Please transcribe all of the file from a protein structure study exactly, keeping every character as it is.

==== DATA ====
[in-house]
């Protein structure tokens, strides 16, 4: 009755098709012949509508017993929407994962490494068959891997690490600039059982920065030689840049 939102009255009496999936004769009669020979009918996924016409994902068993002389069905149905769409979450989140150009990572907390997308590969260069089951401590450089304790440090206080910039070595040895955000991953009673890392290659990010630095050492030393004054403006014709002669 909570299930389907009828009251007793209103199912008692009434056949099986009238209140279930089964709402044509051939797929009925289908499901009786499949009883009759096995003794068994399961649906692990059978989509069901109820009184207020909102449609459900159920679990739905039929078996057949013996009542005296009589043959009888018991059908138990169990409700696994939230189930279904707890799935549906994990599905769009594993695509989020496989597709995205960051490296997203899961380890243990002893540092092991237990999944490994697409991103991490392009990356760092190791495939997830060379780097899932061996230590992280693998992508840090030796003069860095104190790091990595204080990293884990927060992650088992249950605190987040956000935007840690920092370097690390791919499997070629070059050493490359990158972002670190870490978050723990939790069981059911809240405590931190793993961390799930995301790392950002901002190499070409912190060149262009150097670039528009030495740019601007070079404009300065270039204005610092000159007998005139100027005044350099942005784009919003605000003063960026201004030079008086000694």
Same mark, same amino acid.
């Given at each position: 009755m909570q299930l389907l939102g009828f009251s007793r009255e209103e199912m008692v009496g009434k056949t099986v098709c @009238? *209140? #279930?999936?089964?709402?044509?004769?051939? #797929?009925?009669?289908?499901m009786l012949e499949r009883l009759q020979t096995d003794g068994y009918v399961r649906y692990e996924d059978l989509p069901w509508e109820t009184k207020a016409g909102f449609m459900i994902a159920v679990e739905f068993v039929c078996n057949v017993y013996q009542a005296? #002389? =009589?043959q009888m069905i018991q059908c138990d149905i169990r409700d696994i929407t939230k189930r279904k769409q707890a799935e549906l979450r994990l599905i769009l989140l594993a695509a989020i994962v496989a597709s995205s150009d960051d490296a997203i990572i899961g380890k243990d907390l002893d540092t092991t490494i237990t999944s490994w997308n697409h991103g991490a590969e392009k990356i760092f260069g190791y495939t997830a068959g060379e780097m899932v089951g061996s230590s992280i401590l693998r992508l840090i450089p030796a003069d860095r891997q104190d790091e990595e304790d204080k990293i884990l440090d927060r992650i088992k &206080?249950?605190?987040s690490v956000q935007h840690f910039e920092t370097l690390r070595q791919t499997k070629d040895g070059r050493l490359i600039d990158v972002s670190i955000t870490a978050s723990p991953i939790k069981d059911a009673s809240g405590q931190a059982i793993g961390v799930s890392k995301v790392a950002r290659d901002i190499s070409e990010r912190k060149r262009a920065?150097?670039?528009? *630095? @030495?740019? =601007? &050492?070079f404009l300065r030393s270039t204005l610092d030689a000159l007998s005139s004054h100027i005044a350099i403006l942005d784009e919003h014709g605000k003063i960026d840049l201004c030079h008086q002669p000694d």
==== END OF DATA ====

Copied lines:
[in-house]
């Protein structure tokens, strides 16, 4: 009755098709012949509508017993929407994962490494068959891997690490600039059982920065030689840049 939102009255009496999936004769009669020979009918996924016409994902068993002389069905149905769409979450989140150009990572907390997308590969260069089951401590450089304790440090206080910039070595040895955000991953009673890392290659990010630095050492030393004054403006014709002669 909570299930389907009828009251007793209103199912008692009434056949099986009238209140279930089964709402044509051939797929009925289908499901009786499949009883009759096995003794068994399961649906692990059978989509069901109820009184207020909102449609459900159920679990739905039929078996057949013996009542005296009589043959009888018991059908138990169990409700696994939230189930279904707890799935549906994990599905769009594993695509989020496989597709995205960051490296997203899961380890243990002893540092092991237990999944490994697409991103991490392009990356760092190791495939997830060379780097899932061996230590992280693998992508840090030796003069860095104190790091990595204080990293884990927060992650088992249950605190987040956000935007840690920092370097690390791919499997070629070059050493490359990158972002670190870490978050723990939790069981059911809240405590931190793993961390799930995301790392950002901002190499070409912190060149262009150097670039528009030495740019601007070079404009300065270039204005610092000159007998005139100027005044350099942005784009919003605000003063960026201004030079008086000694």
Same mark, same amino acid.
């Given at each position: 009755m909570q299930l389907l939102g009828f009251s007793r009255e209103e199912m008692v009496g009434k056949t099986v098709c @009238? *209140? #279930?999936?089964?709402?044509?004769?051939? #797929?009925?009669?289908?499901m009786l012949e499949r009883l009759q020979t096995d003794g068994y009918v399961r649906y692990e996924d059978l989509p069901w509508e109820t009184k207020a016409g909102f449609m459900i994902a159920v679990e739905f068993v039929c078996n057949v017993y013996q009542a005296? #002389? =009589?043959q009888m069905i018991q059908c138990d149905i169990r409700d696994i929407t939230k189930r279904k769409q707890a799935e549906l979450r994990l599905i769009l989140l594993a695509a989020i994962v496989a597709s995205s150009d960051d490296a997203i990572i899961g380890k243990d907390l002893d540092t092991t490494i237990t999944s490994w997308n697409h991103g991490a590969e392009k990356i760092f260069g190791y495939t997830a068959g060379e780097m899932v089951g061996s230590s992280i401590l693998r992508l840090i450089p030796a003069d860095r891997q104190d790091e990595e304790d204080k990293i884990l440090d927060r992650i088992k &206080?249950?605190?987040s690490v956000q935007h840690f910039e920092t370097l690390r070595q791919t499997k070629d040895g070059r050493l490359i600039d990158v972002s670190i955000t870490a978050s723990p991953i939790k069981d059911a009673s809240g405590q931190a059982i793993g961390v799930s890392k995301v790392a950002r290659d901002i190499s070409e990010r912190k060149r262009a920065?150097?670039?528009? *630095? @030495?740019? =601007? &050492?070079f404009l300065r030393s270039t204005l610092d030689a000159l007998s005139s004054h100027i005044a350099i403006l942005d784009e919003h014709g605000k003063i960026d840049l201004c030079h008086q002669p000694d």